- IAN SELIG
- Avery Jean Brennan says Peter Pan is a stepping stone for gender inclusivity at Neptune Theatre.
There's a new set of cast members bringing a rainbow of representation to Neptune Theatre's main stage. With the opening of the theatre company's latest musical, Peter Pan, Neptune is making strides towards inclusivity. In fact, one performer is shining the spotlight on transgender representation.
Her name is Avery Jean Brennan.
She's the first out transgender woman to perform in a Neptune production on Neptune's main stage. She's playing Fudge, a transfeminine girl looking to find herself.
"What I hope audiences get from seeing me on stage is the idea that this doesn't have to be an anomaly," Brennan says. "Because I grew up as someone who never got to see this happen on stage and never thought it would happen because of that. I never thought that I would get to be a part of the stories we told as my authentic self."
But getting to where she is now wasn't easy. Brennan knew she was transgender early in her career but didn't want to come out, for fear of losing everything she had built.
Brennan grew up in Halifax and took theatre classes at Neptune Theatre and Zuppa Theatre while in high school. She then attended the Canadian College of Performing Arts in Victoria where she later worked as an artistic director intern and a guest director and musical director. After theatre school, Brennan worked across the country.
After six years, she decided to transition. Unfortunately, Brennan's once-internal fears soon turned into reality: Opportunities began to disappear and it became more difficult for her to find a job.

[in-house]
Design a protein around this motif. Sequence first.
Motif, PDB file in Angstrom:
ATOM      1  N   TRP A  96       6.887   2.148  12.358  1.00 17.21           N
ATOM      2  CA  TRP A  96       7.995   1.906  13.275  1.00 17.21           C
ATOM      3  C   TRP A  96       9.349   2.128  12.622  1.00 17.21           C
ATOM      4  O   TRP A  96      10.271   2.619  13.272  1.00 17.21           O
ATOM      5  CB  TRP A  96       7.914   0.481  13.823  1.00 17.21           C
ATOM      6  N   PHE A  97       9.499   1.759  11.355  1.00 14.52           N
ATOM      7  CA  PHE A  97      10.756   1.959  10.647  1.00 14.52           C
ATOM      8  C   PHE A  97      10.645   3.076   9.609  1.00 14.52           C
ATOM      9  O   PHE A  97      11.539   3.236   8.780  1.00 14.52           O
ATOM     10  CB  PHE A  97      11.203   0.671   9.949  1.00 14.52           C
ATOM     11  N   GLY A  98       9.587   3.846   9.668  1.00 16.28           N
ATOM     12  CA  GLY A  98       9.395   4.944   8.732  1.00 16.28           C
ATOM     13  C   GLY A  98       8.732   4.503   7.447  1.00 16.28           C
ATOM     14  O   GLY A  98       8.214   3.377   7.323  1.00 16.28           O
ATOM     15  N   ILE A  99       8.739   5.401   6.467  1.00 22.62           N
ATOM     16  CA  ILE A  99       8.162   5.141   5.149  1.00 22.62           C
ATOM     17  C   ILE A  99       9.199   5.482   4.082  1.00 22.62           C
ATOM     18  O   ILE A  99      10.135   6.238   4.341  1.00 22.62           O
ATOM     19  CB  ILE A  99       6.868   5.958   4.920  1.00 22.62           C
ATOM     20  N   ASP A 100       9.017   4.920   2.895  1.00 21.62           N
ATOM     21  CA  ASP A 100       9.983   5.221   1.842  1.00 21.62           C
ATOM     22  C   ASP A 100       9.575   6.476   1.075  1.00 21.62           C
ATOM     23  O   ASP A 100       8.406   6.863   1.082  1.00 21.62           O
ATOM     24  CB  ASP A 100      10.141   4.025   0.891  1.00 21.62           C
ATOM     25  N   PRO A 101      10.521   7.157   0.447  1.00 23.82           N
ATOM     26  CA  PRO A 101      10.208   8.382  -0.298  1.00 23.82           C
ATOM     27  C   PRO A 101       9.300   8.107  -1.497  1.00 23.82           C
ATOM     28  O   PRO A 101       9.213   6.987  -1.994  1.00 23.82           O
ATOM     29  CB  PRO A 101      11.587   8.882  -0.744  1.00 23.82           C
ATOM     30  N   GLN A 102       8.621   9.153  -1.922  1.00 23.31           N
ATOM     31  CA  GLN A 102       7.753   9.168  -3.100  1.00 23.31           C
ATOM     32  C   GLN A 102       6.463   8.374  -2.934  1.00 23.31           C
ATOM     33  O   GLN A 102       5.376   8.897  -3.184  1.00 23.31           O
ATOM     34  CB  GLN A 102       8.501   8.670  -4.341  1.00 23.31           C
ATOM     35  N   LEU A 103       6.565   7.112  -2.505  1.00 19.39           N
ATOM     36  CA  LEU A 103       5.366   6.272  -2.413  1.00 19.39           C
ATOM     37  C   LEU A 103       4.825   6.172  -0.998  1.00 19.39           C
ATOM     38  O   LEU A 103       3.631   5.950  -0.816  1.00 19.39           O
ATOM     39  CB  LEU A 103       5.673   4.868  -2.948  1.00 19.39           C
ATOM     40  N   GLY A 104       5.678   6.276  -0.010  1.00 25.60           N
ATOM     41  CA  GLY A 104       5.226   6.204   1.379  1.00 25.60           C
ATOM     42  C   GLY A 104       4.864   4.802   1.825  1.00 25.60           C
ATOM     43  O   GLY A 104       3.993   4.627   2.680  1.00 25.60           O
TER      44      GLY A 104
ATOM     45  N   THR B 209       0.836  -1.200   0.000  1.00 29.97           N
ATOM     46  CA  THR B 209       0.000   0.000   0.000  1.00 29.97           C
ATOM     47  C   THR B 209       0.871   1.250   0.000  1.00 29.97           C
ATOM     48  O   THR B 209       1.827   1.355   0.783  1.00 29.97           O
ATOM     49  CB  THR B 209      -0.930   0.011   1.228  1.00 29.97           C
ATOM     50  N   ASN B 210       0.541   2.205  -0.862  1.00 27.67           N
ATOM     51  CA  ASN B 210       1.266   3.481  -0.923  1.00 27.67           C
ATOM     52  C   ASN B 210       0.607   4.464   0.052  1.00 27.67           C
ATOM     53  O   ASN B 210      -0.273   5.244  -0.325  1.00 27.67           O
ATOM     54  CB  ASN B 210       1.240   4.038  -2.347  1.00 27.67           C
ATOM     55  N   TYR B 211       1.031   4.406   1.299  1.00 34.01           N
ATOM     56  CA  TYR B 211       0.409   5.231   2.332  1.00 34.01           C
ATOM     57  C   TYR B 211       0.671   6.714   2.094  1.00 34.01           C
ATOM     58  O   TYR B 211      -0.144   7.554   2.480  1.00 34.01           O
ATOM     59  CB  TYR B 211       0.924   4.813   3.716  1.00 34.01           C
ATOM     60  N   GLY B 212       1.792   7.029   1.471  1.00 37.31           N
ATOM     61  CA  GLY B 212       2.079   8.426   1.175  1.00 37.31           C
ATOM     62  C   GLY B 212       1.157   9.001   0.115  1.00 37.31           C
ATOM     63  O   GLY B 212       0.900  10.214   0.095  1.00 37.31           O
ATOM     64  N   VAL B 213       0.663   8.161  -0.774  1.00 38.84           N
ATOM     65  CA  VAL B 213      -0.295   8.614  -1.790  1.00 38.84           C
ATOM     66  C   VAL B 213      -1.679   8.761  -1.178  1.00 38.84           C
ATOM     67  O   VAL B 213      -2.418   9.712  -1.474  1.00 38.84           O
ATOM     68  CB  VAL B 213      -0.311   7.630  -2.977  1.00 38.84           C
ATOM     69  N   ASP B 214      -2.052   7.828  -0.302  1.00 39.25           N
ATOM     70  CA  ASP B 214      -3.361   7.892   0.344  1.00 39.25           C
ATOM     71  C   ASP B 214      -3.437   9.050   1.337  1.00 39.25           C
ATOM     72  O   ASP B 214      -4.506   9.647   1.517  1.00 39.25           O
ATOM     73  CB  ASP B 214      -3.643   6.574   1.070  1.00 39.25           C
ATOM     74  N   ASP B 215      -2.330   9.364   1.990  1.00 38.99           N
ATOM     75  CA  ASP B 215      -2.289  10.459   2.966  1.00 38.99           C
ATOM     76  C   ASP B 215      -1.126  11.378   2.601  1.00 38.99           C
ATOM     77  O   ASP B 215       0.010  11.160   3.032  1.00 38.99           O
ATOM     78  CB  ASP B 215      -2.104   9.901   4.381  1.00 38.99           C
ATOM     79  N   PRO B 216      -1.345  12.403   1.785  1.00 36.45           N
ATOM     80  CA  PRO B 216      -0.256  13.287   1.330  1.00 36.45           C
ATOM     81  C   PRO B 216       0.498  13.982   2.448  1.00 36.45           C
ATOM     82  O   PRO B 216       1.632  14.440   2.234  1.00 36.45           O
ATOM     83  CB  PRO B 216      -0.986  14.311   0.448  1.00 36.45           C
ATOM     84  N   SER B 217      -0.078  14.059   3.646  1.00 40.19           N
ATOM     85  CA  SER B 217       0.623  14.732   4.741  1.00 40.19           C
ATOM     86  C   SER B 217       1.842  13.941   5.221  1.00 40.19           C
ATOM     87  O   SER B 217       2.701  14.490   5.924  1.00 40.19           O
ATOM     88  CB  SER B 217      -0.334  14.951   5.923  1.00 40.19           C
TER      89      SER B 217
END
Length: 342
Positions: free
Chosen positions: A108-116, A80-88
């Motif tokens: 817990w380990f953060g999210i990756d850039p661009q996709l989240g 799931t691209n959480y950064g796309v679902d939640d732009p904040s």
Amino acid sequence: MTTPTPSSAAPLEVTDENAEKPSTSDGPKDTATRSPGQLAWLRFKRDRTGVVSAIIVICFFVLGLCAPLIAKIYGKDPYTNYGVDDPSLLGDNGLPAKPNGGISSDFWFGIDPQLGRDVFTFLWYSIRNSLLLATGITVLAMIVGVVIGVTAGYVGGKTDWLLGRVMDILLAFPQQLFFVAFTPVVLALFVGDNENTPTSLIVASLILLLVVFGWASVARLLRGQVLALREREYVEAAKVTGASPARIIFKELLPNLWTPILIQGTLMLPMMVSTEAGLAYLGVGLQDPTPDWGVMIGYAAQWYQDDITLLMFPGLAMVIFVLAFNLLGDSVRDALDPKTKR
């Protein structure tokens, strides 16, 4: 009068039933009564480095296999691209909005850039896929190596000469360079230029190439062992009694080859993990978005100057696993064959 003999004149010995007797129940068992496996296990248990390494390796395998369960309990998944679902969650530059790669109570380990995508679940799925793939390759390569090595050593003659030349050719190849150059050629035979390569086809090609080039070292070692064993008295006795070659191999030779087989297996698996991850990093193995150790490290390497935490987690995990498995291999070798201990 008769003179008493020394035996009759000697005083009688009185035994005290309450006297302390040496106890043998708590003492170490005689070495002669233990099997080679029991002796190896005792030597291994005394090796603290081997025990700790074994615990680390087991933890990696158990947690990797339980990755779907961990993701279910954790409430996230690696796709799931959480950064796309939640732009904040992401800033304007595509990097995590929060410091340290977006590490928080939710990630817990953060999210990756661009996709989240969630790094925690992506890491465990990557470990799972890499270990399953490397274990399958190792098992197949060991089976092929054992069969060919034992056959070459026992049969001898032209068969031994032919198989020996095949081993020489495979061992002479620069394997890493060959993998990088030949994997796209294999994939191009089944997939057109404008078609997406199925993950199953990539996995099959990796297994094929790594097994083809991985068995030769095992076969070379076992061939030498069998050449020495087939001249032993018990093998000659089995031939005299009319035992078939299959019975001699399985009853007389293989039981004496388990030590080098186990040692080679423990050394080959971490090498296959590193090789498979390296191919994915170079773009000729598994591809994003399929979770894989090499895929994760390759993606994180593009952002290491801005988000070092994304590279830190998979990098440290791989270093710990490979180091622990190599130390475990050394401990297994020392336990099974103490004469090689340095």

Still, she wasn't giving up.
She shifted her focus from performing to writing and education. Last year, she wrote her first musical called The Pansy Craze: A New Musical, an eight-person show where four of the cast members were transgender. She also created a workshop series for theatres to learn more about how to support transgender people's needs. Brennan has led these workshops at different organizations across Canada.
Brennan says there's a "severely high rate of unemployment for all transgender people in any industry." She says businesses and people need to understand transgender people's needs, use appropriate language and not force them into positions of advocacy just to be able to work.
At Neptune, Brennan hopes to see herself performing on stage many more times. Peter Pan is a stepping stone for what Brennan hopes to see in her and the theatre's future.
"What I'm hoping will happen," she says, "is that a whole bunch of different little girls who are just like me get to see themselves on stage and they don't have to grow up thinking the same way, thinking that they're alone, thinking that they're not important or belonging in this world."